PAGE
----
The Easy Guide to Getting Started With Deep Work

Are you intimidated by the idea of deep work? Here is an easy guide to get started today. Understand when you need deep work, create a schedule, and a routine for it.

One of the best things to come out of the seminal book, Deep Work - Rules for Focused Success in a Distracted World, by Cal NewPort is the wide recognition of the benefits of deep work. I knew it had made it when I heard it in the boardroom of a consulting client recently. Deep work has always been the default preferred mode of working for developers. Newport's book gave us a vocabulary to protect our maker time.

There is a side effect of a productivity system becoming a cult hit. Earlier, I could say that I want to work uninterrupted for a few hours as a routine, lock myself in a room, and just do it. Now, I would research the types of deep work schedules and the most optimal environment for my work desk first. More reasons for the procrastinator in me to delay getting started.

Not anymore. Here is my attempt to help anyone start practicing deep work today.

Step 1: Understand whether what you are doing needs deep work

Cal Newport makes a clear distinction between shallow work and deep work in this book.

Use this simple worksheet to figure it out for yourself. If your graph trends towards the right, then, "Voila! Congrats!", you are eligible to do deep work :)

Step 2: Decide your deep work schedule

There are 4 kinds of deep work schedules defined in the book.

  • Monastic Schedule: Reject all shallow work and only focus on deep work. All day, every day. Highly recommended for those with an EA and a chief-of-staff, atleast.
  • Bi-Modal Scheule: Practice deep work like seasons. Spring is for deep work, winter is for shallow work. A more realistic bi-modal schedule could be to divide your week into deep-work and shallow-work days.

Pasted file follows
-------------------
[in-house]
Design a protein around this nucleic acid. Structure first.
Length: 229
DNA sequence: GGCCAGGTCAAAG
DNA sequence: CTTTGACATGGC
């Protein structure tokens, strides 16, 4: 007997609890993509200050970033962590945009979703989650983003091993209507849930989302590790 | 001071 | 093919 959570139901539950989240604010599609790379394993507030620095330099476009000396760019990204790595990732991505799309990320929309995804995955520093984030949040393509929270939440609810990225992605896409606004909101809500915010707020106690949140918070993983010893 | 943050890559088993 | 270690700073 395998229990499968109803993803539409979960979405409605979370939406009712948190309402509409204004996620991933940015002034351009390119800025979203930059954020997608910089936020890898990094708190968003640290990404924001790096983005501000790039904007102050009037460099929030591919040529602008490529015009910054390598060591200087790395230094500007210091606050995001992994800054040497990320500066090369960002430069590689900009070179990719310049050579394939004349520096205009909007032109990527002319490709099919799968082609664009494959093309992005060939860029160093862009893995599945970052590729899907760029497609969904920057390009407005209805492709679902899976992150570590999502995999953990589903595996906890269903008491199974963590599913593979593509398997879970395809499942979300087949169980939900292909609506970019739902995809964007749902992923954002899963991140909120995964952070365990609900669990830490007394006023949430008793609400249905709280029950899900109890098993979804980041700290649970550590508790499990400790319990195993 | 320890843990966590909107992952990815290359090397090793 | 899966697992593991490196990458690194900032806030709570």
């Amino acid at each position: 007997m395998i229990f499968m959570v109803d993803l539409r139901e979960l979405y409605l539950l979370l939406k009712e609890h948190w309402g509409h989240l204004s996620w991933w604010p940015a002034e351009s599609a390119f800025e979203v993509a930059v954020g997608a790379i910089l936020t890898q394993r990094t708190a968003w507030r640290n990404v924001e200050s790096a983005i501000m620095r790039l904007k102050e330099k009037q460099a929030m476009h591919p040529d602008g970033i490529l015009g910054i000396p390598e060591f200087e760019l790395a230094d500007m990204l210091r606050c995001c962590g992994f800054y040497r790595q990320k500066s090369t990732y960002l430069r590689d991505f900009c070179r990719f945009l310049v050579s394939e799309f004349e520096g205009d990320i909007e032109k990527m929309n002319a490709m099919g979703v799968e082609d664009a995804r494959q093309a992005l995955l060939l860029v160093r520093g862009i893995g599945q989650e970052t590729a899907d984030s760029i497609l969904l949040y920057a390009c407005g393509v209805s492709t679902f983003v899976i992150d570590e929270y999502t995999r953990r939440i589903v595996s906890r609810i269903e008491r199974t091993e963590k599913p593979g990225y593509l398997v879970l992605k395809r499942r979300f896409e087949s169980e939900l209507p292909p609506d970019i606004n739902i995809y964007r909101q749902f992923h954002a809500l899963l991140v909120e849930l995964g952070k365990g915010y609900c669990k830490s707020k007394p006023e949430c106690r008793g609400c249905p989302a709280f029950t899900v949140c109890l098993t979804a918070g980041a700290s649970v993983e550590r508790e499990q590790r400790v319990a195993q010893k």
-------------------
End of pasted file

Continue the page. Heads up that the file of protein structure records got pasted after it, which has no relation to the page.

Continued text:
• Rhythmic Schedule: Divide your day into chunks of deep work and shallow work. The most practical schedule for most knowledge workers. Choose this schedule if you are getting started.
  • Journalistic Schedule: Practice deep work whenever you can. Sounds about right for most managers.

Step 3: Create your deep work routine

This is my favorite part. Be intentional with your deep work. I do it for every session but if your work allows, you can do this as a standing commitment.

  • Define what is success for the session. Decide which ugly frog will you eat and that you won't stop until you have chewed every bone.
  • Create a conducive working environment. A quiet room (if you have access to it) or a nice pair of headphones should suffice for most of us.
  • Define how long will be your deep-work session. This is important to keep you going in a single stretch. You are allowed to take small breaks.
  • Lay some ground rules for yourself. Our minds are evil -- we give it an inch and it grabs the whole mile. Kill notifications, no peeking on emails and messages are the most common ones.
  • Take care of yourself while you do deep work. Get some water, your favorite snacks, some nice music. Maybe ask your daugther to give you a hug after your session is over (I do this).

That is all you need to get started. Good luck!

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